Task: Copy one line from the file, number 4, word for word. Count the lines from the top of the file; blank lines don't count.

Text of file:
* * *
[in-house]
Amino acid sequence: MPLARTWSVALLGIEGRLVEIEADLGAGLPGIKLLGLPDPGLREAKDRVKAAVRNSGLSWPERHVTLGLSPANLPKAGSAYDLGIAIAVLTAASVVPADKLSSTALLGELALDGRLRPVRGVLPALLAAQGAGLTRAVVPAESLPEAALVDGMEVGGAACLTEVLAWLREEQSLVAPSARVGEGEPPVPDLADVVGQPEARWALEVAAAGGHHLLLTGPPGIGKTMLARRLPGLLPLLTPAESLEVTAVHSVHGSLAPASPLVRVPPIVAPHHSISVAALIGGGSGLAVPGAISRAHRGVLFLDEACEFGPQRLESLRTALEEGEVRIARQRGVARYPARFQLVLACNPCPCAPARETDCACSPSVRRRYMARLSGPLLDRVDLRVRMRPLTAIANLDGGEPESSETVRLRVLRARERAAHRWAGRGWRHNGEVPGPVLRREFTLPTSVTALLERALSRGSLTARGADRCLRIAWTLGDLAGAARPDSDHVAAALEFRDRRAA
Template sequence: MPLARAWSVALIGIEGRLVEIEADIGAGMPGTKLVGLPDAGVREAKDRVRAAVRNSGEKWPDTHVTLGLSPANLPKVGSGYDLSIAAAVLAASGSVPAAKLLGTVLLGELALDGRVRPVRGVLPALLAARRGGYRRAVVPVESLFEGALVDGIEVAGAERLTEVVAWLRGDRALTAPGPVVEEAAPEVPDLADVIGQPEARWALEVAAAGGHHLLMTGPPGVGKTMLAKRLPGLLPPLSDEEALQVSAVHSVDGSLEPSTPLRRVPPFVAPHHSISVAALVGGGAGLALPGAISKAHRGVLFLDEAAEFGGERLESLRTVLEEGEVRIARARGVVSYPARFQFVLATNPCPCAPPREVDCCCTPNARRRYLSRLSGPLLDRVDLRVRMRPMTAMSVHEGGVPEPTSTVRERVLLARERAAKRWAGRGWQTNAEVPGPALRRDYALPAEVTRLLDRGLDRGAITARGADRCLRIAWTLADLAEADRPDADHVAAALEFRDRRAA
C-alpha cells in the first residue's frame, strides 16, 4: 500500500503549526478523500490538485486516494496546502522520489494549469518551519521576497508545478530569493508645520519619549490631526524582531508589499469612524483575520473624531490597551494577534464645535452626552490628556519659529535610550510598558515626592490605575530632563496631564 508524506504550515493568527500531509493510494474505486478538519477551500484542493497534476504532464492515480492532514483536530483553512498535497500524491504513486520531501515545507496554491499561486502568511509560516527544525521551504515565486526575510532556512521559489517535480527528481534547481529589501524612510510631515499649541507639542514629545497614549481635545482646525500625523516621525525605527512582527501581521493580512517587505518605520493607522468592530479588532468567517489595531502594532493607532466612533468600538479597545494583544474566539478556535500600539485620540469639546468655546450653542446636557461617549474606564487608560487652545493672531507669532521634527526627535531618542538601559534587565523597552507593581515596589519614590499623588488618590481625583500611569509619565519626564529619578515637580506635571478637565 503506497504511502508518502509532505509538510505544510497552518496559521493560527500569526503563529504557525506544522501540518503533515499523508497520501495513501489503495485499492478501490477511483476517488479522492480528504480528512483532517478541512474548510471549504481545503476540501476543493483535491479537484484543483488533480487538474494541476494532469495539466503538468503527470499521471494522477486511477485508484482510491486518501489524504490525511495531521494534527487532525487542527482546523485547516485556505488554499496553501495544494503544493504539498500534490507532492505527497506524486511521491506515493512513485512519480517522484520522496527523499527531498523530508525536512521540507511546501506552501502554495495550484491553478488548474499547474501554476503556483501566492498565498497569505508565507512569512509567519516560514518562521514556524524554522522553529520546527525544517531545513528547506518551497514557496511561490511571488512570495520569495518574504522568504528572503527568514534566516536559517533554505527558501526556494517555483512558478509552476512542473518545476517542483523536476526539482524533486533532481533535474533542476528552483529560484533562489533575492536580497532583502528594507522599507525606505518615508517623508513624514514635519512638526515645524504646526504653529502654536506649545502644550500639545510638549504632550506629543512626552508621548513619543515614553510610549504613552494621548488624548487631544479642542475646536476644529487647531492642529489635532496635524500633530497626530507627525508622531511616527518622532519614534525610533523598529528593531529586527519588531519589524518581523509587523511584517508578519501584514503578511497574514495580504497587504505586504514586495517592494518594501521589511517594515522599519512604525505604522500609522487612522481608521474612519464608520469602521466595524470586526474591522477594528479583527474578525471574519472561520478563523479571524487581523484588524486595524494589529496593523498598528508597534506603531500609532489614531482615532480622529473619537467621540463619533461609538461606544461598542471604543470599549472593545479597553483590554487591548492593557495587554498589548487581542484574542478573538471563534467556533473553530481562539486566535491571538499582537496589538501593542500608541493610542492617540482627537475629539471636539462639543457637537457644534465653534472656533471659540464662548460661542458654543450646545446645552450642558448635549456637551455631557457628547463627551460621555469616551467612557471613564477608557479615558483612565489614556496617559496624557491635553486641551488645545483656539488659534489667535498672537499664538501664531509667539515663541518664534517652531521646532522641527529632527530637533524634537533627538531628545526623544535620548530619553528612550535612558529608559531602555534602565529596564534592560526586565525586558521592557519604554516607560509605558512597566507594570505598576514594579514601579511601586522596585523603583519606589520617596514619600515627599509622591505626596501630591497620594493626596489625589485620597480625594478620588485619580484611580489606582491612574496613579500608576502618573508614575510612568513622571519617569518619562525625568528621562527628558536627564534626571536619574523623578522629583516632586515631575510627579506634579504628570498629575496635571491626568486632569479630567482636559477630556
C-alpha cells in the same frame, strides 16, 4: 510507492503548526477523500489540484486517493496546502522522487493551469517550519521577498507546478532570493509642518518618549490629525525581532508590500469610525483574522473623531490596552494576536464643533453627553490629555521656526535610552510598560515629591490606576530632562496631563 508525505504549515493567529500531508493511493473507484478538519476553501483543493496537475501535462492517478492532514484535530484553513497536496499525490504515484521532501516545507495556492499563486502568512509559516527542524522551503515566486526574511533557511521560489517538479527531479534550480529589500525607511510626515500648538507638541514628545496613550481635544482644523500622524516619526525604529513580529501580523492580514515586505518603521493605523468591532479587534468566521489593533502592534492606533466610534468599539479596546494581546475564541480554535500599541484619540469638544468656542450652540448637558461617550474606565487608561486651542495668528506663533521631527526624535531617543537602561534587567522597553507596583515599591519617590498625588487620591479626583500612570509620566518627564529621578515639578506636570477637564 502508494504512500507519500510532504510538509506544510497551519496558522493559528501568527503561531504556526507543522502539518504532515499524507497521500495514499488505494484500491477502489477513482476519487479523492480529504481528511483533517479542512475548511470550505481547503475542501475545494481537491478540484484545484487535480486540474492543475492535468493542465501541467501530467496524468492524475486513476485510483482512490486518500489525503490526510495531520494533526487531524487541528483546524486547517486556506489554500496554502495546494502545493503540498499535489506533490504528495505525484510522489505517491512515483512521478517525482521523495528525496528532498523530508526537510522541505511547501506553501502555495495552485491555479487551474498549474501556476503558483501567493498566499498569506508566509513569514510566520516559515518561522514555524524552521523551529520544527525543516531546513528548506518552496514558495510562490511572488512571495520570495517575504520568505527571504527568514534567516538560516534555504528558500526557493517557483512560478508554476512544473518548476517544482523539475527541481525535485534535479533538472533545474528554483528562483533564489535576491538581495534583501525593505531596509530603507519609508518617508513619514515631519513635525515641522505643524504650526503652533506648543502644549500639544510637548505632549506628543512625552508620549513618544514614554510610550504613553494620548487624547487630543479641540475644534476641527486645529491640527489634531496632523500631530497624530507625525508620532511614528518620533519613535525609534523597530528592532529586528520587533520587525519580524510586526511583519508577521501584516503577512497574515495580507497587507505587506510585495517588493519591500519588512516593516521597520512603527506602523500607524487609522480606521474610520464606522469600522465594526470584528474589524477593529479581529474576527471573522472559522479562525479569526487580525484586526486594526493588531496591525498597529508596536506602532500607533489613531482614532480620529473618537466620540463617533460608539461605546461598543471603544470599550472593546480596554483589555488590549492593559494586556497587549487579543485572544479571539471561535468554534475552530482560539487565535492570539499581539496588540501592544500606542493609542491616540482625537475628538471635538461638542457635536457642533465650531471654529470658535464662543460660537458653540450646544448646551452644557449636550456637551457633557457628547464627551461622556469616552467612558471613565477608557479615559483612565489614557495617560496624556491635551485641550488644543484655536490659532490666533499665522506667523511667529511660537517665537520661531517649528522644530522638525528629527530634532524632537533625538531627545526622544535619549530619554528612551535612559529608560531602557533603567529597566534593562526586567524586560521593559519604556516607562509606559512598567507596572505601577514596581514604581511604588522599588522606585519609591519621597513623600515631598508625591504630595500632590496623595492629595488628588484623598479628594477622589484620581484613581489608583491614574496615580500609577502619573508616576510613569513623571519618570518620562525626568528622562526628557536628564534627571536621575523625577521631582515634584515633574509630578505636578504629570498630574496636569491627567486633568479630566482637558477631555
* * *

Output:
C-alpha cells in the first residue's frame, strides 16, 4: 500500500503549526478523500490538485486516494496546502522520489494549469518551519521576497508545478530569493508645520519619549490631526524582531508589499469612524483575520473624531490597551494577534464645535452626552490628556519659529535610550510598558515626592490605575530632563496631564 508524506504550515493568527500531509493510494474505486478538519477551500484542493497534476504532464492515480492532514483536530483553512498535497500524491504513486520531501515545507496554491499561486502568511509560516527544525521551504515565486526575510532556512521559489517535480527528481534547481529589501524612510510631515499649541507639542514629545497614549481635545482646525500625523516621525525605527512582527501581521493580512517587505518605520493607522468592530479588532468567517489595531502594532493607532466612533468600538479597545494583544474566539478556535500600539485620540469639546468655546450653542446636557461617549474606564487608560487652545493672531507669532521634527526627535531618542538601559534587565523597552507593581515596589519614590499623588488618590481625583500611569509619565519626564529619578515637580506635571478637565 503506497504511502508518502509532505509538510505544510497552518496559521493560527500569526503563529504557525506544522501540518503533515499523508497520501495513501489503495485499492478501490477511483476517488479522492480528504480528512483532517478541512474548510471549504481545503476540501476543493483535491479537484484543483488533480487538474494541476494532469495539466503538468503527470499521471494522477486511477485508484482510491486518501489524504490525511495531521494534527487532525487542527482546523485547516485556505488554499496553501495544494503544493504539498500534490507532492505527497506524486511521491506515493512513485512519480517522484520522496527523499527531498523530508525536512521540507511546501506552501502554495495550484491553478488548474499547474501554476503556483501566492498565498497569505508565507512569512509567519516560514518562521514556524524554522522553529520546527525544517531545513528547506518551497514557496511561490511571488512570495520569495518574504522568504528572503527568514534566516536559517533554505527558501526556494517555483512558478509552476512542473518545476517542483523536476526539482524533486533532481533535474533542476528552483529560484533562489533575492536580497532583502528594507522599507525606505518615508517623508513624514514635519512638526515645524504646526504653529502654536506649545502644550500639545510638549504632550506629543512626552508621548513619543515614553510610549504613552494621548488624548487631544479642542475646536476644529487647531492642529489635532496635524500633530497626530507627525508622531511616527518622532519614534525610533523598529528593531529586527519588531519589524518581523509587523511584517508578519501584514503578511497574514495580504497587504505586504514586495517592494518594501521589511517594515522599519512604525505604522500609522487612522481608521474612519464608520469602521466595524470586526474591522477594528479583527474578525471574519472561520478563523479571524487581523484588524486595524494589529496593523498598528508597534506603531500609532489614531482615532480622529473619537467621540463619533461609538461606544461598542471604543470599549472593545479597553483590554487591548492593557495587554498589548487581542484574542478573538471563534467556533473553530481562539486566535491571538499582537496589538501593542500608541493610542492617540482627537475629539471636539462639543457637537457644534465653534472656533471659540464662548460661542458654543450646545446645552450642558448635549456637551455631557457628547463627551460621555469616551467612557471613564477608557479615558483612565489614556496617559496624557491635553486641551488645545483656539488659534489667535498672537499664538501664531509667539515663541518664534517652531521646532522641527529632527530637533524634537533627538531628545526623544535620548530619553528612550535612558529608559531602555534602565529596564534592560526586565525586558521592557519604554516607560509605558512597566507594570505598576514594579514601579511601586522596585523603583519606589520617596514619600515627599509622591505626596501630591497620594493626596489625589485620597480625594478620588485619580484611580489606582491612574496613579500608576502618573508614575510612568513622571519617569518619562525625568528621562527628558536627564534626571536619574523623578522629583516632586515631575510627579506634579504628570498629575496635571491626568486632569479630567482636559477630556